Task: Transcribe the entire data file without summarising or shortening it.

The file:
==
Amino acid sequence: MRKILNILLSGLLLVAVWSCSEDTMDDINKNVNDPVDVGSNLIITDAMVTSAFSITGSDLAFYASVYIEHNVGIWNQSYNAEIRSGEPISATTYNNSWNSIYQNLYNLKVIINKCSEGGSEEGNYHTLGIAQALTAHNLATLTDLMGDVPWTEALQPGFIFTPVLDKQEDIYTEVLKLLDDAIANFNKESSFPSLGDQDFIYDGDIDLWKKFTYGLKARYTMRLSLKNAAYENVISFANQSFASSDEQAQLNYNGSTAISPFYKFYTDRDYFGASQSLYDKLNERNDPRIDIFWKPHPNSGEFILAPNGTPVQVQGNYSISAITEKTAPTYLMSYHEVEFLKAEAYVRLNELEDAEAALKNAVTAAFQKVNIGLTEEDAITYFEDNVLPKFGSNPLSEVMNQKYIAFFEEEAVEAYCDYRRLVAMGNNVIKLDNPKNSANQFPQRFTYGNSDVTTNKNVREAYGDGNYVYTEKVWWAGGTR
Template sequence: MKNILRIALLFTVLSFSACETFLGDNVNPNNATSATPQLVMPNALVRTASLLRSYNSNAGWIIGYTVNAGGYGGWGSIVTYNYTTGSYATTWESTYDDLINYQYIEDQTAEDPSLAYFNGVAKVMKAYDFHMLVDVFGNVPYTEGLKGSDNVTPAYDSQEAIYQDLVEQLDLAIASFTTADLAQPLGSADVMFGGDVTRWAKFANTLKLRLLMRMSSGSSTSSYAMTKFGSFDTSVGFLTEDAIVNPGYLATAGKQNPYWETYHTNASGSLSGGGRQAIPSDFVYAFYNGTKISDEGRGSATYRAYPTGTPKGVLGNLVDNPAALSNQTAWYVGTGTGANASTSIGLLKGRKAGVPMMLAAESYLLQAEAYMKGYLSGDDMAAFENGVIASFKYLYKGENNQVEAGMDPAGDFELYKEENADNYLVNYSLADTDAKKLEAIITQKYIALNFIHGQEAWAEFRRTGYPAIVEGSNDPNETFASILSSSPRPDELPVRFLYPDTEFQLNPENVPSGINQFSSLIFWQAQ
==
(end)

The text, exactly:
Amino acid sequence: MRKILNILLSGLLLVAVWSCSEDTMDDINKNVNDPVDVGSNLIITDAMVTSAFSITGSDLAFYASVYIEHNVGIWNQSYNAEIRSGEPISATTYNNSWNSIYQNLYNLKVIINKCSEGGSEEGNYHTLGIAQALTAHNLATLTDLMGDVPWTEALQPGFIFTPVLDKQEDIYTEVLKLLDDAIANFNKESSFPSLGDQDFIYDGDIDLWKKFTYGLKARYTMRLSLKNAAYENVISFANQSFASSDEQAQLNYNGSTAISPFYKFYTDRDYFGASQSLYDKLNERNDPRIDIFWKPHPNSGEFILAPNGTPVQVQGNYSISAITEKTAPTYLMSYHEVEFLKAEAYVRLNELEDAEAALKNAVTAAFQKVNIGLTEEDAITYFEDNVLPKFGSNPLSEVMNQKYIAFFEEEAVEAYCDYRRLVAMGNNVIKLDNPKNSANQFPQRFTYGNSDVTTNKNVREAYGDGNYVYTEKVWWAGGTR
Template sequence: MKNILRIALLFTVLSFSACETFLGDNVNPNNATSATPQLVMPNALVRTASLLRSYNSNAGWIIGYTVNAGGYGGWGSIVTYNYTTGSYATTWESTYDDLINYQYIEDQTAEDPSLAYFNGVAKVMKAYDFHMLVDVFGNVPYTEGLKGSDNVTPAYDSQEAIYQDLVEQLDLAIASFTTADLAQPLGSADVMFGGDVTRWAKFANTLKLRLLMRMSSGSSTSSYAMTKFGSFDTSVGFLTEDAIVNPGYLATAGKQNPYWETYHTNASGSLSGGGRQAIPSDFVYAFYNGTKISDEGRGSATYRAYPTGTPKGVLGNLVDNPAALSNQTAWYVGTGTGANASTSIGLLKGRKAGVPMMLAAESYLLQAEAYMKGYLSGDDMAAFENGVIASFKYLYKGENNQVEAGMDPAGDFELYKEENADNYLVNYSLADTDAKKLEAIITQKYIALNFIHGQEAWAEFRRTGYPAIVEGSNDPNETFASILSSSPRPDELPVRFLYPDTEFQLNPENVPSGINQFSSLIFWQAQ